Monday, November 22, 2010

Flyer's Pronger and D Working Out Kink's in Chainmail Armor

It's no surprise that Chris Pronger is the best defensemen for the Philadelphia Flyers and it is no surprise that as he goes, the team defense goes too. This year Pronger has not been as dominating as he was in years past. Some might suggest that this has to do with the minor knee surgery that he underwent in July, and others may suggest it is about time the skyscraper's age caught up with him. But this simply is not the case.

Chris Pronger's defensive game is not 100%.  But it has nothing to do with aching knees or age. It is simply lapses of judgement. Let us exam just one game, last Thursday's shootout with the Tampa Bay Lightning. Chris Pronger made mistakes that led directly to opposing goals. On Downie's goal, the sixth for the Lightning, Pronger misreads a puck leading to an odd man rush. Then he hustles, gets back, and leaves Downie open back door. On Tampa's game winner Pronger simply doesn't pick up his man as he goes right by him and pounds in a rebound.

And he is not the only one. Sean O'Donnell, Andrej Meszaros, Braydon Coburn, Matt Carle, and Kimmo Timonen have also been prone to poor clears, failing to clear the porch and losing men. On the whole, the team defense seems to be a source of momentum killing, taking the momentum gained by their offensive cycling away with consecutive shifts spent in the D zone every night because of these mistakes. All this running around in the D zone ends in trips to the penalty box rather than the bench and makes the Flyers the most penaltized team in the NHL.

Now before you go asking for my fan card back, let me finish. Pronger has played good this year. He, along with the other D, have been much more willing to shoot which leads to much more scoring chances. But the mental lapses have hurt the team. These lapses happen on every D, on every team but the problem is that these lapses are happening a few times a game costing the Flyers games they should be winning or almost costing them. When the offense puts up 7 goals, you need to win. Hell, when the offense puts up 4 goals you should be pulling out a W.

However, for some reason, some of these games are getting a lot closer than they should be because the Flyers' D are leaving the back door open, or pivoting the wrong way (like Pronger did for the first goal against in Saturday's win against the Caps). Unlike last year, it is not just the bottom pair D making these mistakes, it is happening with Pronger on through.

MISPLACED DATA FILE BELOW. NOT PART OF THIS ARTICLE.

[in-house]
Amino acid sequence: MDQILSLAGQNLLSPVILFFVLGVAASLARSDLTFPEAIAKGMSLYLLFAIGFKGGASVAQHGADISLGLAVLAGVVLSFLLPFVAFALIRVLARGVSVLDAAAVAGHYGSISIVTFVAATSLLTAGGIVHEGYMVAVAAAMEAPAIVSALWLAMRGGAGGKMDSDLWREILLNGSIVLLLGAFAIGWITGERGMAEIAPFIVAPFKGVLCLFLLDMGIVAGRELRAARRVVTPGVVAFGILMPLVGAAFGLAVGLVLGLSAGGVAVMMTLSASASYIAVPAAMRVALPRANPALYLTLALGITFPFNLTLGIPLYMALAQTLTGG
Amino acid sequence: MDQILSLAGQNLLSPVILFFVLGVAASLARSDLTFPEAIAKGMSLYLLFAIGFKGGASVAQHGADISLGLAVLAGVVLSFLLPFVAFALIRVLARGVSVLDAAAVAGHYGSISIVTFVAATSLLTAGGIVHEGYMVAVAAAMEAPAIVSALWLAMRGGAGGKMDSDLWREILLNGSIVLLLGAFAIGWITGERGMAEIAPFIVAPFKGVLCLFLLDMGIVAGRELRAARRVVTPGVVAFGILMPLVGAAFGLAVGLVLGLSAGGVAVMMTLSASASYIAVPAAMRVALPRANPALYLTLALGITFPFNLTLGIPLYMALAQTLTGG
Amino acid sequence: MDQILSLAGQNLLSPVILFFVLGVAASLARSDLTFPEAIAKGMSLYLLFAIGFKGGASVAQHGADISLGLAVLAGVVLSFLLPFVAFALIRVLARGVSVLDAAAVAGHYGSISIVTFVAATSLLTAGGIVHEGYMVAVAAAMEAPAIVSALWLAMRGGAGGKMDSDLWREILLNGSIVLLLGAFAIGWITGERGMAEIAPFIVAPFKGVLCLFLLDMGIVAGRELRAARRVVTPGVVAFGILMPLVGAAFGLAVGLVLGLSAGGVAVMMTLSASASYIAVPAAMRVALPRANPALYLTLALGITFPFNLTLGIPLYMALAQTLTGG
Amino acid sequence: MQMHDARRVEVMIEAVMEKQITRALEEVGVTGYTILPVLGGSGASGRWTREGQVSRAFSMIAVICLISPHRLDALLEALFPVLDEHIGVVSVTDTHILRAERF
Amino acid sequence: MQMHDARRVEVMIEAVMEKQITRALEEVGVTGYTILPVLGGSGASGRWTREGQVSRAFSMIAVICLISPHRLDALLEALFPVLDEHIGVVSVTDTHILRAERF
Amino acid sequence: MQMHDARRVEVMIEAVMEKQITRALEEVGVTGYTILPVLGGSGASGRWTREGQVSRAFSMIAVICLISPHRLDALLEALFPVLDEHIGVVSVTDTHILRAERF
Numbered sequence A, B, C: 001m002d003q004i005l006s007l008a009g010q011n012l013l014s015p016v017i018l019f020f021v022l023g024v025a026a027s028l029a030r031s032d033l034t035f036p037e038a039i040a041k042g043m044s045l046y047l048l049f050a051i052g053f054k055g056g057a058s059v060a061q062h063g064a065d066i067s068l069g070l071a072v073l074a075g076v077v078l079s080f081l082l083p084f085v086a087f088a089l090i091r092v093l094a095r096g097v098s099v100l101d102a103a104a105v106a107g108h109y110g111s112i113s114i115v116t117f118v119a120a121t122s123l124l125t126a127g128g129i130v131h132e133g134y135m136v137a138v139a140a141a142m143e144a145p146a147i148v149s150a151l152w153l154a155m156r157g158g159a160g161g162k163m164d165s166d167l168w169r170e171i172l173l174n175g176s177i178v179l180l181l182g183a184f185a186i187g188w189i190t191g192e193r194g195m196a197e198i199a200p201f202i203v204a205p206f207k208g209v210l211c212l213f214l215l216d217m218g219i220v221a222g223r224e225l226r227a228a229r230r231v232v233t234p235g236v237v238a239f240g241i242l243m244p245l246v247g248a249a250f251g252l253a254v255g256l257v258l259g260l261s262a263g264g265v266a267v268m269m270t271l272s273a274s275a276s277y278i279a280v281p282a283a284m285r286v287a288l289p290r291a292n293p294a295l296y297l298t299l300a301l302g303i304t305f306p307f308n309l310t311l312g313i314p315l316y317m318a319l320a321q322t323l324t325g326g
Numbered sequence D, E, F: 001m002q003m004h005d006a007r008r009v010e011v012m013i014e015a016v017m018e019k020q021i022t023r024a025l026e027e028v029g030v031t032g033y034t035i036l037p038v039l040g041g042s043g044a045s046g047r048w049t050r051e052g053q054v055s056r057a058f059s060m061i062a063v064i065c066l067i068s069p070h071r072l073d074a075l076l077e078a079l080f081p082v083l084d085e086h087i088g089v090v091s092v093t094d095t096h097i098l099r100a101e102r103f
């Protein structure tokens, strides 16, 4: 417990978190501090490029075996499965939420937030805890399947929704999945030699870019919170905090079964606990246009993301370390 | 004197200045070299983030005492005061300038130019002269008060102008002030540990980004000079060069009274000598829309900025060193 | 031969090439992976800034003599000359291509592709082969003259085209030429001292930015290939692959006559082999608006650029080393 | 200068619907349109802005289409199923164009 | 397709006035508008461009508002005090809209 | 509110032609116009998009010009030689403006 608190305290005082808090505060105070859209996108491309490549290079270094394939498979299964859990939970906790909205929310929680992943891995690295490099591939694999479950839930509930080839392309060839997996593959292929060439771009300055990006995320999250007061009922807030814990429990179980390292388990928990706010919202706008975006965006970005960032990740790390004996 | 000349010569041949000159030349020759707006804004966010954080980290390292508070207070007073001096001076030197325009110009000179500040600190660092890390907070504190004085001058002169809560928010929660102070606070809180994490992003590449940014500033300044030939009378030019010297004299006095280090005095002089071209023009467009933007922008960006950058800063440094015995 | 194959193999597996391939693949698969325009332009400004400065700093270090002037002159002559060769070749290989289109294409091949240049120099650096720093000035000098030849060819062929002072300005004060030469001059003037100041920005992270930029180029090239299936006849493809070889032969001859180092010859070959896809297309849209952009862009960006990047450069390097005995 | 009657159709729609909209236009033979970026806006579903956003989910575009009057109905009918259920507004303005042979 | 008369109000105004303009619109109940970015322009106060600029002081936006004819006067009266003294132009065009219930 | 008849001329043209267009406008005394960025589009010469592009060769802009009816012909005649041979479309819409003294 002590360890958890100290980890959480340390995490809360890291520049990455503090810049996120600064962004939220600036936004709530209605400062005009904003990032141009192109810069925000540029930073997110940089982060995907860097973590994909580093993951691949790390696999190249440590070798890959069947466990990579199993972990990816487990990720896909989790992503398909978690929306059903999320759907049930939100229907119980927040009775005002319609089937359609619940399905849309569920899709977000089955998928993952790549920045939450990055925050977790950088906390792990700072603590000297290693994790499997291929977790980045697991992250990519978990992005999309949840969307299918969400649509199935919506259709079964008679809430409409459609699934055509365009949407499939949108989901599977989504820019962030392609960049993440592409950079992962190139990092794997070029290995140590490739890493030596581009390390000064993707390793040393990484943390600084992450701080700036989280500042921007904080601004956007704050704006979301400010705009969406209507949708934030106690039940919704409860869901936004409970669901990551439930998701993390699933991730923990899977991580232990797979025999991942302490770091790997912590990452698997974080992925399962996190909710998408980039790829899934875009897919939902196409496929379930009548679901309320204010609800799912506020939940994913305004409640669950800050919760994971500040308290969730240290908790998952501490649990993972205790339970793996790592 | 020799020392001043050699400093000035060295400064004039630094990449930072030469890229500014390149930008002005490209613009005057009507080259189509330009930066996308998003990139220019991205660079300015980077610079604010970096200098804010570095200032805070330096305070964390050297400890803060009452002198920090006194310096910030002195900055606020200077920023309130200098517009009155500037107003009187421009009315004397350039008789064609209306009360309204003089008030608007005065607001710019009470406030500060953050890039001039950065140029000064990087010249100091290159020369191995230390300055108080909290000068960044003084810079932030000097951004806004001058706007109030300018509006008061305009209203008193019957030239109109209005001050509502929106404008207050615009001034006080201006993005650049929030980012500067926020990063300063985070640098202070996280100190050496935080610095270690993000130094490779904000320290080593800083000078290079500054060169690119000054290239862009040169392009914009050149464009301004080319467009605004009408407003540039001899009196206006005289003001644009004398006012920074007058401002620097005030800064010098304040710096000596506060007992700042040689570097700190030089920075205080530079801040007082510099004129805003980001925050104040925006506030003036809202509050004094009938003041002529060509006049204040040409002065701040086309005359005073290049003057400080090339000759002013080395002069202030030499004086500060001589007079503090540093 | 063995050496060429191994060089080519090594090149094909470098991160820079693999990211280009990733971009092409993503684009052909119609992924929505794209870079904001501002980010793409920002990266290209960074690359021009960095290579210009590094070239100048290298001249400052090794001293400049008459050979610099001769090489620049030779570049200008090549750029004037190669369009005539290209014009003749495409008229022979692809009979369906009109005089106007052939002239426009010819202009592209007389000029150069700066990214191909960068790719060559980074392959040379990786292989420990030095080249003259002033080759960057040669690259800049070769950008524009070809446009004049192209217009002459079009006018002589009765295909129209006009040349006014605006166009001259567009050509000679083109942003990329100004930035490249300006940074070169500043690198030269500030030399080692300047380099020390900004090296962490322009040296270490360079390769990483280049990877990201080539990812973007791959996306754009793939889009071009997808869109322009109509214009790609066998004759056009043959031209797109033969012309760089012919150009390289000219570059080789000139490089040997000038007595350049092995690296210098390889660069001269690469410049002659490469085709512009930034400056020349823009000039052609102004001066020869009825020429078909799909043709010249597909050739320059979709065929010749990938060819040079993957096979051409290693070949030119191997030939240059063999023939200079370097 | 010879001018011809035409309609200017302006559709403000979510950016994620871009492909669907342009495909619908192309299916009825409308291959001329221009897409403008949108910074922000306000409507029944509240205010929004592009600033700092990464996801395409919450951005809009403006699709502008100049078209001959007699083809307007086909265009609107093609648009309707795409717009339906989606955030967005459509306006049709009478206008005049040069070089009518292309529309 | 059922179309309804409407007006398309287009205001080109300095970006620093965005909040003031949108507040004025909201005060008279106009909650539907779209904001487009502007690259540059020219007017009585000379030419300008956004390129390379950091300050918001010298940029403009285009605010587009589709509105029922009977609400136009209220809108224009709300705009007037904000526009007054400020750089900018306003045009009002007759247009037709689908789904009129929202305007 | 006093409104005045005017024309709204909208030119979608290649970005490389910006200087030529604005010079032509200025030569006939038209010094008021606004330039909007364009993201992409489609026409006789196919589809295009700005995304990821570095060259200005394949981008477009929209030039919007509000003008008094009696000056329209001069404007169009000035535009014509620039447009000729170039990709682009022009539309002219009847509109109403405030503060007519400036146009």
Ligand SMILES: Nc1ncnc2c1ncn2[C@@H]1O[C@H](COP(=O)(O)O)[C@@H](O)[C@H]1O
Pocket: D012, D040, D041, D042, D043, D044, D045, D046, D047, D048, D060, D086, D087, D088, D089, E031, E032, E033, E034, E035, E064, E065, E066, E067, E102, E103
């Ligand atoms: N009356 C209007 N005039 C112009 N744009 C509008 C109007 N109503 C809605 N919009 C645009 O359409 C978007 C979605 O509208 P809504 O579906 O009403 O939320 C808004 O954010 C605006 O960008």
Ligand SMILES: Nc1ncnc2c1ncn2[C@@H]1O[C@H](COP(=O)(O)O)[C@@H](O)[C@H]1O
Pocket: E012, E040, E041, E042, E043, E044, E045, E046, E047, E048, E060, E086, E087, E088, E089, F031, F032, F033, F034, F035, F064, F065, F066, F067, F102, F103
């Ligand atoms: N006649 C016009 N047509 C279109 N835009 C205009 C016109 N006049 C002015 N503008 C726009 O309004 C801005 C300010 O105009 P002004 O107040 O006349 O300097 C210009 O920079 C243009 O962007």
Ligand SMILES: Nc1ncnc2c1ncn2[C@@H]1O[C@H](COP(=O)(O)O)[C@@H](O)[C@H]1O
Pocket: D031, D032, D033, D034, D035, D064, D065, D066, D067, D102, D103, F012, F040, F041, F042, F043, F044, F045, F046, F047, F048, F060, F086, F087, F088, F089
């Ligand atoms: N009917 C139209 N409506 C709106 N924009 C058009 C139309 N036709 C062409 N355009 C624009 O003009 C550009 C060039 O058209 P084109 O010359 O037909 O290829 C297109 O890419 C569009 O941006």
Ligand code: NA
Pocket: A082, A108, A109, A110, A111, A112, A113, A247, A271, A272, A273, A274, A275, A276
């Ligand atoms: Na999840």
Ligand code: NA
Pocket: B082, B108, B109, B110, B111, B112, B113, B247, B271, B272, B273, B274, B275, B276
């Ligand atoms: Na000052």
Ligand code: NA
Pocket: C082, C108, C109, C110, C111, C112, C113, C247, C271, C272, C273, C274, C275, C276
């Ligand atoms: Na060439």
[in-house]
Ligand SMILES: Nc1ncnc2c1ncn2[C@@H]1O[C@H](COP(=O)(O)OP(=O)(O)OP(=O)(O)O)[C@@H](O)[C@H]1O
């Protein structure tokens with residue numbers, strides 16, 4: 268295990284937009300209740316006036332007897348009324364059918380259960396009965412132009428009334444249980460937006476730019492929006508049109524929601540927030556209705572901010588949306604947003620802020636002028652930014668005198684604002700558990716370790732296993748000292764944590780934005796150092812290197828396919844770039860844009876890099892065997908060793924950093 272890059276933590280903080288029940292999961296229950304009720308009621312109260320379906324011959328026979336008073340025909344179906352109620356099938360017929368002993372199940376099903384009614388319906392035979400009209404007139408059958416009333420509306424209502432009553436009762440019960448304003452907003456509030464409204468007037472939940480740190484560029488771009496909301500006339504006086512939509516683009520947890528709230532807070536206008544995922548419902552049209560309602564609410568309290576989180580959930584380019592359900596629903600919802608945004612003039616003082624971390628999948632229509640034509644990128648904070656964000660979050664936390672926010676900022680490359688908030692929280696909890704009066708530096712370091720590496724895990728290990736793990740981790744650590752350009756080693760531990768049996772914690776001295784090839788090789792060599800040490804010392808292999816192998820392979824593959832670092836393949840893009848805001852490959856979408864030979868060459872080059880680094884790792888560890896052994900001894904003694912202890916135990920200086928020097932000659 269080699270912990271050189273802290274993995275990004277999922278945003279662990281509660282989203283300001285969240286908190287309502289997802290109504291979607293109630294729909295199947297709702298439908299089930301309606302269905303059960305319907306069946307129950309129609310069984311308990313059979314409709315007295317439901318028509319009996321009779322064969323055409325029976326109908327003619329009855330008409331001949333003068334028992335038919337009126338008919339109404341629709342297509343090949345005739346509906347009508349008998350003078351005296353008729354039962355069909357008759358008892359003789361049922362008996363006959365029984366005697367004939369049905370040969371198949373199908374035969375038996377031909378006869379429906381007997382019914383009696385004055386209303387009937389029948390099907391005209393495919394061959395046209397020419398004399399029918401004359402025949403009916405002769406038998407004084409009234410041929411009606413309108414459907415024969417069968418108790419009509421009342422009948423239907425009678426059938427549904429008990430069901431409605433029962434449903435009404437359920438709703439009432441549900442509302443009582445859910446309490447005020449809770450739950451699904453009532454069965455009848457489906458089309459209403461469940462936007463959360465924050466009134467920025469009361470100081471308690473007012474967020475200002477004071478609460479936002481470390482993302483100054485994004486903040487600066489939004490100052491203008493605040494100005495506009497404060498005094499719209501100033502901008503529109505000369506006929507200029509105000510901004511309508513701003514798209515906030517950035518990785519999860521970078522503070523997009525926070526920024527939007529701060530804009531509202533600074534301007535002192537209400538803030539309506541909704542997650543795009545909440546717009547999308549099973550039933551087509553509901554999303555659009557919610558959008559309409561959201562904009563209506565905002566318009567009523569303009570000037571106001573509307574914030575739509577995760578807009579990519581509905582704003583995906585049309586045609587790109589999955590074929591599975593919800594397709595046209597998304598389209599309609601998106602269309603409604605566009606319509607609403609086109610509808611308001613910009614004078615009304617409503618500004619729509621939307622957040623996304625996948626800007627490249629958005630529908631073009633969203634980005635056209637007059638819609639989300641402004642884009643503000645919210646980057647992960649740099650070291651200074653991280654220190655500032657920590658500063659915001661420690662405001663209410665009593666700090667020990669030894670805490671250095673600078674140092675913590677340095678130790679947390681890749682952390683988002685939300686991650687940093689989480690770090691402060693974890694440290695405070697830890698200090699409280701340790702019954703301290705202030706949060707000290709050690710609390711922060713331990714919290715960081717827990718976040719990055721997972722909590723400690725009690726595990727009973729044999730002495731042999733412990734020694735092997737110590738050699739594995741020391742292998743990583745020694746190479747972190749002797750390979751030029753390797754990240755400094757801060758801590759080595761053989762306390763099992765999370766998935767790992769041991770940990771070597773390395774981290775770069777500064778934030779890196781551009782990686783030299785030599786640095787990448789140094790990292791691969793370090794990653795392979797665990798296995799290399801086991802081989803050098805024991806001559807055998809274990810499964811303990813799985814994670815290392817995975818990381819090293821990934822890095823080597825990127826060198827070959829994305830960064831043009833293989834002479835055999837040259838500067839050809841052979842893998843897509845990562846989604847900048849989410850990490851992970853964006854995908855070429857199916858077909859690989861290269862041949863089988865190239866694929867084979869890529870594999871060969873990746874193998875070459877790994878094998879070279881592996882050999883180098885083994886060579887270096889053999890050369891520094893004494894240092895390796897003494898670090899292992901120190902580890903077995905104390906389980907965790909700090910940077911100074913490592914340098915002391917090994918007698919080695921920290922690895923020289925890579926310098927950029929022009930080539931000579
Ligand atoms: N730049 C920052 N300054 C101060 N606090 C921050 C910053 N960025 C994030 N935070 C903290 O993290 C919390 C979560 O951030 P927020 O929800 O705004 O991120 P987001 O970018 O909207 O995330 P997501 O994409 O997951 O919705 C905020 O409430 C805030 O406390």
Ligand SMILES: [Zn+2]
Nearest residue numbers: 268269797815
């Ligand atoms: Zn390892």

[caption id="" align="alignnone" width="457" caption="Pronger and the Philly D need to cut down on mistakes"][/caption]

So why are these lapses happening? I believe that this isn't an issue of adding two new defensemen to the mix and they aren't gelling yet. They have been playing with each other long enough to overcome that. Plus, the two new D-men are partners so that would not explain the other 4's play. I don't think this has to do with "Stanley Cup Hangover," or where a team finds it hard to get up for regular season games after tasting the intensity of Stanley Cup matches. I think we saw that in the first few games of the year, but if this were the case they would be lacking in other ends of the rink as well but their great offensive numbers prove they aren't.

To me, the reason the D play has fallen is because the offensive game has opened up. They have been scoring a ton of goals, and the D have been a big part of that. Philly has been scoring big quantities not just in the whole season but in individual games. Sometimes when the D is thinking about getting involved on that next goal, or is playing with the offense too much they lose track of assignments in their own end. They frankly get caught up in one aspect of the game.

This early in the season, it is not a red flag worthy of being waved from every hill and mountain top. But it is surely worth being talked about. The offense is rolling right now, and with Bobrovsky playing well so is goaltending. It is just a matter of time before the lure of the offensive rush becomes old news and the D starts tightening up  the links of the chainmail armor Paul Holmgren and the Flyers' brass put together. Hopefully it won't cost them anymore games.


  1. I totally agree, Coburn really kills me the most. He's a great player, but sometimes gets so panicky during a good forecheck from the opposing team and gives up horrible turn-overs during sometimes the most crucial point of a game. Tonight against Montreal, I almost threw my remote at the TV. And I LOVE MY TV!!!! :D

  2. Coburn has definitely improved and I think he will keep improving. I think he is a great example of what the article was about, like you were saying. I feel like when he is handling a forecheck he is thinking "start the rush, start the rush, start the rush" instead of making the safe defensive play. Once they get back to smart defensive plays they will soon start opening up the rush much more. At least that's my philosophy, but take it with a grain of salt, I was a defensive defenseman. Glad to hear your TV is alright!


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